Prime Minister David Cameron has today said the Scottish electorate’s rejection of independence has settled the issue “for a generation... perhaps for a lifetime”.
The no vote won by a margin of around 55 per cent to 45 per cent following yesterday’s referendum.
Speaking outside 10 Downing Street shortly after the No vote became a mathematical certainty, Mr Cameron said he would ensure that commitments to further devolution to Scotland made during the campaign would be “honoured in full”, announcing the appointment of Glasgow’s Commonwealth Games supremo Lord Smith to oversee the drafting of proposals in legislation published by January.
Earlier, Scottish National Party First Minister Alex Salmond acknowledged that his long-cherished dream of leading his nation to independence was over, telling supporters in Edinburgh: “Scotland has by a majority decided not at this stage to become an independent country.
“I accept that verdict of the people and I call on all of Scotland to follow suit in accepting the democratic verdict of the people of Scotland.”
In a dramatic announcement, Mr Cameron also announced plans to devolve powers in other parts of the United Kingdom.
“It is time for our United Kingdom to come together and to move forward,” said the PM. “A vital part of that will be a balanced settlement fair to people in Scotland and importantly to everyone in England, Wales and Northern Ireland as well.”
In a clear warning to nationalists that it would be wrong to seek to revive the independence debate after a vote which engaged more than 80% of the Scottish electorate, Mr Cameron said: “There can be no debates, no re-runs. We have heard the settled will of the Scottish people.”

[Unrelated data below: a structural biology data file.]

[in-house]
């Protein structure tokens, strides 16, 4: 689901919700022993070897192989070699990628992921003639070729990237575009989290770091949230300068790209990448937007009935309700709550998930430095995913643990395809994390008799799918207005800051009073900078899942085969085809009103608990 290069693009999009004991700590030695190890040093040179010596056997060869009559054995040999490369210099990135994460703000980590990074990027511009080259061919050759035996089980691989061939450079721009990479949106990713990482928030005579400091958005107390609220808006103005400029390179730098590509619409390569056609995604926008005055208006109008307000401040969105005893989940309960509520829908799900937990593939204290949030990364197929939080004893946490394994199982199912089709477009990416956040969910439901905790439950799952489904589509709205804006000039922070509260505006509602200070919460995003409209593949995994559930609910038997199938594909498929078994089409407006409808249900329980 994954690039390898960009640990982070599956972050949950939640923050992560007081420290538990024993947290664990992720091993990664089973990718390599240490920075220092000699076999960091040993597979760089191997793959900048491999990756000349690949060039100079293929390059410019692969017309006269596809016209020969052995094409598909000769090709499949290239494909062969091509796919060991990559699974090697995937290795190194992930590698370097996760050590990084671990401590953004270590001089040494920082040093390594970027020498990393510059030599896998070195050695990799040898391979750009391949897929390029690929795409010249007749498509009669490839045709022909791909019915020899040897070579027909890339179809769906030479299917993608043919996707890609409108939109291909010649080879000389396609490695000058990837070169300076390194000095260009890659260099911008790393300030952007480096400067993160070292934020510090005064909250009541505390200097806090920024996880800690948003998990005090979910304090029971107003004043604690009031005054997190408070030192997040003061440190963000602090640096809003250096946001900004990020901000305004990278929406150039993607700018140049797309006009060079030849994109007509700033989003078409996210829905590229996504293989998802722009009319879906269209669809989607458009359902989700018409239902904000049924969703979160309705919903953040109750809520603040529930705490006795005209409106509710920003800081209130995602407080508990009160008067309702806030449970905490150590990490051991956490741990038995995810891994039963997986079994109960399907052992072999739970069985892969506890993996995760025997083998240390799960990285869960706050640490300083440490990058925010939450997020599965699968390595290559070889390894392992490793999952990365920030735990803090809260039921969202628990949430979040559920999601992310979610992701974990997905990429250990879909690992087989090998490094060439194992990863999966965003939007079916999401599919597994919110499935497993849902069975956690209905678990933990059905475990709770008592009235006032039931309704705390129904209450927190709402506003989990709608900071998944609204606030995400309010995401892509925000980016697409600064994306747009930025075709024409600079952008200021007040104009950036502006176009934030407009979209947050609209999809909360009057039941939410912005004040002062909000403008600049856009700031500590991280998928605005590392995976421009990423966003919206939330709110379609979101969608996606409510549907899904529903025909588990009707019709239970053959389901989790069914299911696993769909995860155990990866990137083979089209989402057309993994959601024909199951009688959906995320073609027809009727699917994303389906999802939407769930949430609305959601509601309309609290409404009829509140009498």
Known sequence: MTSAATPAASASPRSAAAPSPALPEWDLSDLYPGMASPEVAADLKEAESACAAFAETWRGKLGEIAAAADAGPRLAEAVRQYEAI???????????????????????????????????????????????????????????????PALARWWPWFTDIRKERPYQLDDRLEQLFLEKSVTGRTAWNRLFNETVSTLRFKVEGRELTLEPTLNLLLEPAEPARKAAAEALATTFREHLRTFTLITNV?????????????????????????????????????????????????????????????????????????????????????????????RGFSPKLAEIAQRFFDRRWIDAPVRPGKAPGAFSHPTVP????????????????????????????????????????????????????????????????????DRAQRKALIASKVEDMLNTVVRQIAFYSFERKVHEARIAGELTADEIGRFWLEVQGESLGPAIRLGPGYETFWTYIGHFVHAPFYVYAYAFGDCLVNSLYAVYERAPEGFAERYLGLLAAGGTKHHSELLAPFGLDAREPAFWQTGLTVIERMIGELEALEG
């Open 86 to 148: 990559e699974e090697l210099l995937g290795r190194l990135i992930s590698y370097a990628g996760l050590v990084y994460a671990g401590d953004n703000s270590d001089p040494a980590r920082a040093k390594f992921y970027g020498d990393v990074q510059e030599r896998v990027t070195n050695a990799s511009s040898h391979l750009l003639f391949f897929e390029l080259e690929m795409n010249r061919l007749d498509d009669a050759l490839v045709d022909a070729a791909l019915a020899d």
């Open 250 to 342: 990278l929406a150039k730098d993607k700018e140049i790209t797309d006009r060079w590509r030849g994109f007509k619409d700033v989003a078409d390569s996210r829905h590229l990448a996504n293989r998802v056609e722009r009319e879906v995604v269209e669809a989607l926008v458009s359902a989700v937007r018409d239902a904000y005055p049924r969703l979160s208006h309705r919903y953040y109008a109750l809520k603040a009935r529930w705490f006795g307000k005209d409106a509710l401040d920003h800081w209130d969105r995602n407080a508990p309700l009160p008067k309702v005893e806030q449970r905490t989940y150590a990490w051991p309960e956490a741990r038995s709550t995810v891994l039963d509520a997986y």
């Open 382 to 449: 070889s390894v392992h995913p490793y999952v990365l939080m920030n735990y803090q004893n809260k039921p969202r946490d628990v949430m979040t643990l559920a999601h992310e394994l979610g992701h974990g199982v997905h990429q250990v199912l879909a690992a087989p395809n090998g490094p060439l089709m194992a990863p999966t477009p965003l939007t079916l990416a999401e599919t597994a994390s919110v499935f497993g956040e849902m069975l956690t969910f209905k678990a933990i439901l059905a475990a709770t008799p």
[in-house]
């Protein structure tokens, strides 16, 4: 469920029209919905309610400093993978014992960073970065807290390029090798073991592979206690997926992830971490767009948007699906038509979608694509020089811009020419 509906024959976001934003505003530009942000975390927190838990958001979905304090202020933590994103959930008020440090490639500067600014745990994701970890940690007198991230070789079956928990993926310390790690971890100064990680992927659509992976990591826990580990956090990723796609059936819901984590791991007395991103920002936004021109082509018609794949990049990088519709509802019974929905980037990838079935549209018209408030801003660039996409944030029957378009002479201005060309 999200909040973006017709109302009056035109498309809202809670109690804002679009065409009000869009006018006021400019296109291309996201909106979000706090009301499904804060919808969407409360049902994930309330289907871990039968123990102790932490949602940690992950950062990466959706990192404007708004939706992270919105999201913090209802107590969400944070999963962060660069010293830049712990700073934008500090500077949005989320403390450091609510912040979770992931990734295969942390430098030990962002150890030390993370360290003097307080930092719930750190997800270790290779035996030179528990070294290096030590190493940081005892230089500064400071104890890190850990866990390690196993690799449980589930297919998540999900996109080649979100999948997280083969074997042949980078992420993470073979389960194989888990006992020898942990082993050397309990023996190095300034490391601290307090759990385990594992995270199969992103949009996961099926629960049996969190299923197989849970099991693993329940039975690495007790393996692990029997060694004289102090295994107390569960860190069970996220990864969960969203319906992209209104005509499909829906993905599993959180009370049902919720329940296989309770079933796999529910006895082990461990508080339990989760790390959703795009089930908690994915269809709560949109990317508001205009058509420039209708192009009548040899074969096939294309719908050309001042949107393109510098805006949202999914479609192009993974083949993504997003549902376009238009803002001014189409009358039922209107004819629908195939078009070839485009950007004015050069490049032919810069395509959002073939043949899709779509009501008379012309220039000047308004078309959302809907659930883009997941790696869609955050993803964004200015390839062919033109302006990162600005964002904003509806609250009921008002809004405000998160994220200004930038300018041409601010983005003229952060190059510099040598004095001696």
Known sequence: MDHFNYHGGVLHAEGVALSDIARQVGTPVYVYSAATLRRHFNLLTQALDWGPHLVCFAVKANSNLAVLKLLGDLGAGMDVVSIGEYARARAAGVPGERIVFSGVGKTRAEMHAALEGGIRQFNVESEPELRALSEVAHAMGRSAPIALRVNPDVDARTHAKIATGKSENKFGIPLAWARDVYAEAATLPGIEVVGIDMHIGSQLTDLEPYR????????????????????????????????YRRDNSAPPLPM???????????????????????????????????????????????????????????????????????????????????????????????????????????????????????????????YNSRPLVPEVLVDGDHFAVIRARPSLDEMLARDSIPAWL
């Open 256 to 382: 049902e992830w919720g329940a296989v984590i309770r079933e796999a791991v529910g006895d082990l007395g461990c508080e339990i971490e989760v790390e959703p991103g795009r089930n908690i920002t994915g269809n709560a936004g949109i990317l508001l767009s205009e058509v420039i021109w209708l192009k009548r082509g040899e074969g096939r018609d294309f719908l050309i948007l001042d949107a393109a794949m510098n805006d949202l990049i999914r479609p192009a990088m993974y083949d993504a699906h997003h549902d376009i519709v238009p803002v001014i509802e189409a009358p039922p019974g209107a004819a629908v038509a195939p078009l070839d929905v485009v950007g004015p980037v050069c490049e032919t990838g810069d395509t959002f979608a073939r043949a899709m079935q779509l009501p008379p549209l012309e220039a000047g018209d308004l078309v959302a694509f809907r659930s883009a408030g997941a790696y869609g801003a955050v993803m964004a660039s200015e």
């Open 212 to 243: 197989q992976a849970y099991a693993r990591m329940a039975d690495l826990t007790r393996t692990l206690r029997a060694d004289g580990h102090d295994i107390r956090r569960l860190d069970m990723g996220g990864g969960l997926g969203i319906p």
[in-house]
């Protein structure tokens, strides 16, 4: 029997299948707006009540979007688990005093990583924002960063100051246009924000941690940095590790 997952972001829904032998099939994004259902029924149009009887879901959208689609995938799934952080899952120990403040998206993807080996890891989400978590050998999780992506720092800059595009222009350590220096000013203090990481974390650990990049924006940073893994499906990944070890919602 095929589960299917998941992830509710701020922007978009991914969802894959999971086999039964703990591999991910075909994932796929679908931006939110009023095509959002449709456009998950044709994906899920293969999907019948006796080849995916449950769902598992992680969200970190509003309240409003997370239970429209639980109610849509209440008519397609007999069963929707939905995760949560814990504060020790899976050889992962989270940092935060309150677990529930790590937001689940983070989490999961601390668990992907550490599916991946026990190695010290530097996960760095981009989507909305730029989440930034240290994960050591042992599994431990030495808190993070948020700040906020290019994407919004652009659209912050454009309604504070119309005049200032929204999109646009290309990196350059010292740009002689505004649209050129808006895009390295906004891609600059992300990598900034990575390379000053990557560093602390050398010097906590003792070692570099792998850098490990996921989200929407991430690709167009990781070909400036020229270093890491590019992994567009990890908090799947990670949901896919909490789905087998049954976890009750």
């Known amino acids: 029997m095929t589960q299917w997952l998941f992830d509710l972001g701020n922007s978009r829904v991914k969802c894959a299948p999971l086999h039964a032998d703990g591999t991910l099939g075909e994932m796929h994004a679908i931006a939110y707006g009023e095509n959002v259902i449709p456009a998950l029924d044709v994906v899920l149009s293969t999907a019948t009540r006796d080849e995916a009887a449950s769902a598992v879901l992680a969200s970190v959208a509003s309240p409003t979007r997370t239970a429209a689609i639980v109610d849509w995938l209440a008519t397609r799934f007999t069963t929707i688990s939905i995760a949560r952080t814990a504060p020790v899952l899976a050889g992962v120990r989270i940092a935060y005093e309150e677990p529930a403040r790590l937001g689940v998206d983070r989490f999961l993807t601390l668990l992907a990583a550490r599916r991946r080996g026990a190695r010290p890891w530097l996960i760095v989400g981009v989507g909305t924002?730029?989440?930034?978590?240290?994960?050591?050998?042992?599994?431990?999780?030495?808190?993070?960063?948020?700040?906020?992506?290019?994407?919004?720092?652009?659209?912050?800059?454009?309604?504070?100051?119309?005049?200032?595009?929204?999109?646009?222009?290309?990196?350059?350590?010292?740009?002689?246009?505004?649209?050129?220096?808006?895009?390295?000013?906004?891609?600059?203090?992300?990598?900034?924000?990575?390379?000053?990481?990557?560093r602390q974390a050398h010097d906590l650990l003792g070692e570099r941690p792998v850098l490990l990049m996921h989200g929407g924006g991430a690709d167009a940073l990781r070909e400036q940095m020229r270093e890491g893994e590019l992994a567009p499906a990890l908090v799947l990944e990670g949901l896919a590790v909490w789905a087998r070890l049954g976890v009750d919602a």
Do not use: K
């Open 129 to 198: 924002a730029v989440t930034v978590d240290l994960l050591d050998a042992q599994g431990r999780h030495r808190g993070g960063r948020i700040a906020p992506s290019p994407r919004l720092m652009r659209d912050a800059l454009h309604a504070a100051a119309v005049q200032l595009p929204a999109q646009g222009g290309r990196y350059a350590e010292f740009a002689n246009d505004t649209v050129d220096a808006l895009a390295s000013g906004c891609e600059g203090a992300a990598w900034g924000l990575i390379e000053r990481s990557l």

And he added: “The people of Scotland have spoken and it is a clear result. They have kept our country of four nations together and, like millions of other people, I am delighted.
“As I said during the campaign, it would have broken my heart to see our United Kingdom come to an end and I know that sentiment is shared by people not just across our country but also around the world.”
In a dramatic night of counting after Scotland went to the polls yesterday, the Yes campaign secured majorities in largest city Glasgow as well as stronghold Dundee, North Lanarkshire and West Dunbartonshire, but fell short in key targets like Clackmannanshire and Western Isles, while the No campaign enjoyed a comfortable advantage in capital Edinburgh.
With only the Highlands left to declare, No had assembled an unassailable total of 1,914,187 votes (55.42%), with Yes trailing on 1,539,920 (44.58%).
The referendum was on track to set a new record for turnout in any major election in the United Kingdom since the introduction of universal suffrage in 1918, with 84.4% of registered voters casting a ballot - narrowly beating the 83.9% previous best recorded in the 1950 general election.